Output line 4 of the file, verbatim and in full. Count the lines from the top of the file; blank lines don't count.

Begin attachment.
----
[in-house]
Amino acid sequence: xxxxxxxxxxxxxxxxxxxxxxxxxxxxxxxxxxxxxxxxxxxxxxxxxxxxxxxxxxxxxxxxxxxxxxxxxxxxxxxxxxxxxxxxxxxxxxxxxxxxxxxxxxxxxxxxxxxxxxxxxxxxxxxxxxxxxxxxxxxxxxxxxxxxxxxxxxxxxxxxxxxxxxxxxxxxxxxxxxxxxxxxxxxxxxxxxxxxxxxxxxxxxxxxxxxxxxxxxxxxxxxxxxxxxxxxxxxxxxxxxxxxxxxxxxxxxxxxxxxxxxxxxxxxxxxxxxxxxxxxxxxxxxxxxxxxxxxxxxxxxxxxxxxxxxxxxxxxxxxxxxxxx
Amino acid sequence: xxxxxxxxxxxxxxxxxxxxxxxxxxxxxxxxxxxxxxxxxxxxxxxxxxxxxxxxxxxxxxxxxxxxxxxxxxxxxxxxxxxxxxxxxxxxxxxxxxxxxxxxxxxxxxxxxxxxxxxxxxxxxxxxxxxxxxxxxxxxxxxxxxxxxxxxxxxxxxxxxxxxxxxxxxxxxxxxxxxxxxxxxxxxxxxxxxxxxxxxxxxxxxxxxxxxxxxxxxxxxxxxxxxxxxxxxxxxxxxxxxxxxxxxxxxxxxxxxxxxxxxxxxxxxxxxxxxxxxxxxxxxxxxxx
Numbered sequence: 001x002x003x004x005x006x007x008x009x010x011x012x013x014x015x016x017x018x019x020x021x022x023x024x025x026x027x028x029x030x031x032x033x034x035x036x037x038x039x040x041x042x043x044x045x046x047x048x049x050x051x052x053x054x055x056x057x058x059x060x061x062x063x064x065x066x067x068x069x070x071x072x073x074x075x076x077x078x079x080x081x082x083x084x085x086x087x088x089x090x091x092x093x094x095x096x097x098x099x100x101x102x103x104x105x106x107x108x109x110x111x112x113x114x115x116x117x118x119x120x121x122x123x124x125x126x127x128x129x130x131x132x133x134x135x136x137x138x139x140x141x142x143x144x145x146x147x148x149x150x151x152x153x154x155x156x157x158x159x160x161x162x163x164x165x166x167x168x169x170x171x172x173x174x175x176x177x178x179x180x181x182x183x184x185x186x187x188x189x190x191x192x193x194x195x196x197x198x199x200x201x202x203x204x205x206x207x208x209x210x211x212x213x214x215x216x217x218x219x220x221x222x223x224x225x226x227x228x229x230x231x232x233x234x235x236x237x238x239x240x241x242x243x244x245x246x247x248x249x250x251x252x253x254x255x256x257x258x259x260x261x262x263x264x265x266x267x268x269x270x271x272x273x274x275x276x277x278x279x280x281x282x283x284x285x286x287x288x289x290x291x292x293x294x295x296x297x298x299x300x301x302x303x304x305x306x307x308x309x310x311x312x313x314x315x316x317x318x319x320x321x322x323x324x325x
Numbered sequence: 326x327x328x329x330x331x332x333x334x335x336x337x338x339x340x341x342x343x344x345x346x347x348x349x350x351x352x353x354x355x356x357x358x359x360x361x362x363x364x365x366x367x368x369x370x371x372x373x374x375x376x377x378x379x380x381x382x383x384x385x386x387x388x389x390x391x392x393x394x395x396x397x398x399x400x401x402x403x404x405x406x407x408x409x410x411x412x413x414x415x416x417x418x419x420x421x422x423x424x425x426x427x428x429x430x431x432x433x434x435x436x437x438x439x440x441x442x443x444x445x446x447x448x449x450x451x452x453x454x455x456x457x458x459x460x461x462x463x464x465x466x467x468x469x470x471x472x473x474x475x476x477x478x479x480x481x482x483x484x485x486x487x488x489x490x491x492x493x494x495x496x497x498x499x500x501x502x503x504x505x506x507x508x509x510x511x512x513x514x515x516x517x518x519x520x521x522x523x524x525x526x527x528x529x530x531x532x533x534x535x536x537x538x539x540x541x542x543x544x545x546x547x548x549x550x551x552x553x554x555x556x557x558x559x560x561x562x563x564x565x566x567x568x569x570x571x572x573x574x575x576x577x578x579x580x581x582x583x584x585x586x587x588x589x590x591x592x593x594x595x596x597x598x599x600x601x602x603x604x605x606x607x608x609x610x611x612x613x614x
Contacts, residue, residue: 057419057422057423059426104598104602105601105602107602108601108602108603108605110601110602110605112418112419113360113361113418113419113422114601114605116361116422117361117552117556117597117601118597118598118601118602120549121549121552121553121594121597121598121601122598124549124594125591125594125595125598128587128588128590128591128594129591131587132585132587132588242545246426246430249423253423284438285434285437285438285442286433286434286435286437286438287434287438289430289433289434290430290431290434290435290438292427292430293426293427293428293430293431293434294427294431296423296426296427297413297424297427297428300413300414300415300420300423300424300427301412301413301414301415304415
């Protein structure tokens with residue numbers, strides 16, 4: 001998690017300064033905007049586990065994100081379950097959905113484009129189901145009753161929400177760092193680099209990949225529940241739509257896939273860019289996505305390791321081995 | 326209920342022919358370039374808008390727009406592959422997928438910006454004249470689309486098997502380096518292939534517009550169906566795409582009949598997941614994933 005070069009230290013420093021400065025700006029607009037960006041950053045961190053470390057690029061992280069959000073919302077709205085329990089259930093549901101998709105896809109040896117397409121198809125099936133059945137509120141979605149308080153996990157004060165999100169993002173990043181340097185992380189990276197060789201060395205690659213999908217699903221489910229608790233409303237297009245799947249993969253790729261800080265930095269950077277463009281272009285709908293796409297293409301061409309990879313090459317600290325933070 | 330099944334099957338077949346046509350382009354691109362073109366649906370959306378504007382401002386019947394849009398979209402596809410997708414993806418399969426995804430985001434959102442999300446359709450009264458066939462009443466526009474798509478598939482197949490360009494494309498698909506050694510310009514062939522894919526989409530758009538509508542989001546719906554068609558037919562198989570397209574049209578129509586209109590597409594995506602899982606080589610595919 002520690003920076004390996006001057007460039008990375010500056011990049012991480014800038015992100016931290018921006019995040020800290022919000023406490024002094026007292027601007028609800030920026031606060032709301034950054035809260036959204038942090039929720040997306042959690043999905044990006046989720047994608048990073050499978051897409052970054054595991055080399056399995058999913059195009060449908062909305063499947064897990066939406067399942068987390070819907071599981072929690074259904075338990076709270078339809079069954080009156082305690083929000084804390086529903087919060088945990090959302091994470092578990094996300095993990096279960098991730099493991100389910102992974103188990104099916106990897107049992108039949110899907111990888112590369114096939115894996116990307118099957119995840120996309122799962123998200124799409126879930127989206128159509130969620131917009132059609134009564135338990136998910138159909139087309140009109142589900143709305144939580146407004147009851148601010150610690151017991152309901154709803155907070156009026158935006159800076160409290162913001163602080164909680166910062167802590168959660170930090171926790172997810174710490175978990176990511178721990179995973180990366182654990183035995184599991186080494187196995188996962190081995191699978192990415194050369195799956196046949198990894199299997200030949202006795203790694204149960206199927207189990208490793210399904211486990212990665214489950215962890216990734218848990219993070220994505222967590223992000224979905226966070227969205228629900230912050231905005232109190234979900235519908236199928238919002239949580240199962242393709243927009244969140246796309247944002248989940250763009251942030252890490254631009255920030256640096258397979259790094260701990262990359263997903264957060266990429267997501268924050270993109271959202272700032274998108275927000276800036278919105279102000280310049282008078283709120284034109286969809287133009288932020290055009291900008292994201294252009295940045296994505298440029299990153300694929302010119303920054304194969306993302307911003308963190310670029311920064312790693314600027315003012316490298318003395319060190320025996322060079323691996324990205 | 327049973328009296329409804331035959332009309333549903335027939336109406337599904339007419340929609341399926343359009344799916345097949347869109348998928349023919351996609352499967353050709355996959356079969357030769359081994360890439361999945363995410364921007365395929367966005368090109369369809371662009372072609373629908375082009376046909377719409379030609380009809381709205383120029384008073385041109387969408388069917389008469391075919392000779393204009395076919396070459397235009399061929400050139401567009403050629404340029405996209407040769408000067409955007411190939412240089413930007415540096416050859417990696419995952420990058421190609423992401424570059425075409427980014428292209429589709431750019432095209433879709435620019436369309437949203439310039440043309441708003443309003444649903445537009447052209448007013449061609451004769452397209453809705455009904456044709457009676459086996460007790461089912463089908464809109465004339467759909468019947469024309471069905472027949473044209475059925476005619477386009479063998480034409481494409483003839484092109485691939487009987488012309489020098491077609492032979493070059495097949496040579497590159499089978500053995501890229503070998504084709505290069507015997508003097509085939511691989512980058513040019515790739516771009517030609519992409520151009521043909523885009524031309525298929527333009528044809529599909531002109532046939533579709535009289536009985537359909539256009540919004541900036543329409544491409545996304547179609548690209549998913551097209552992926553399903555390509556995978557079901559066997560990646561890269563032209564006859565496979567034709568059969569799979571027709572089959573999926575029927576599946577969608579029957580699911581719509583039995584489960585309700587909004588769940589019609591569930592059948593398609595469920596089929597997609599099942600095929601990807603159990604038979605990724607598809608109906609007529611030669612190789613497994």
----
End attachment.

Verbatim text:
Numbered sequence: 001x002x003x004x005x006x007x008x009x010x011x012x013x014x015x016x017x018x019x020x021x022x023x024x025x026x027x028x029x030x031x032x033x034x035x036x037x038x039x040x041x042x043x044x045x046x047x048x049x050x051x052x053x054x055x056x057x058x059x060x061x062x063x064x065x066x067x068x069x070x071x072x073x074x075x076x077x078x079x080x081x082x083x084x085x086x087x088x089x090x091x092x093x094x095x096x097x098x099x100x101x102x103x104x105x106x107x108x109x110x111x112x113x114x115x116x117x118x119x120x121x122x123x124x125x126x127x128x129x130x131x132x133x134x135x136x137x138x139x140x141x142x143x144x145x146x147x148x149x150x151x152x153x154x155x156x157x158x159x160x161x162x163x164x165x166x167x168x169x170x171x172x173x174x175x176x177x178x179x180x181x182x183x184x185x186x187x188x189x190x191x192x193x194x195x196x197x198x199x200x201x202x203x204x205x206x207x208x209x210x211x212x213x214x215x216x217x218x219x220x221x222x223x224x225x226x227x228x229x230x231x232x233x234x235x236x237x238x239x240x241x242x243x244x245x246x247x248x249x250x251x252x253x254x255x256x257x258x259x260x261x262x263x264x265x266x267x268x269x270x271x272x273x274x275x276x277x278x279x280x281x282x283x284x285x286x287x288x289x290x291x292x293x294x295x296x297x298x299x300x301x302x303x304x305x306x307x308x309x310x311x312x313x314x315x316x317x318x319x320x321x322x323x324x325x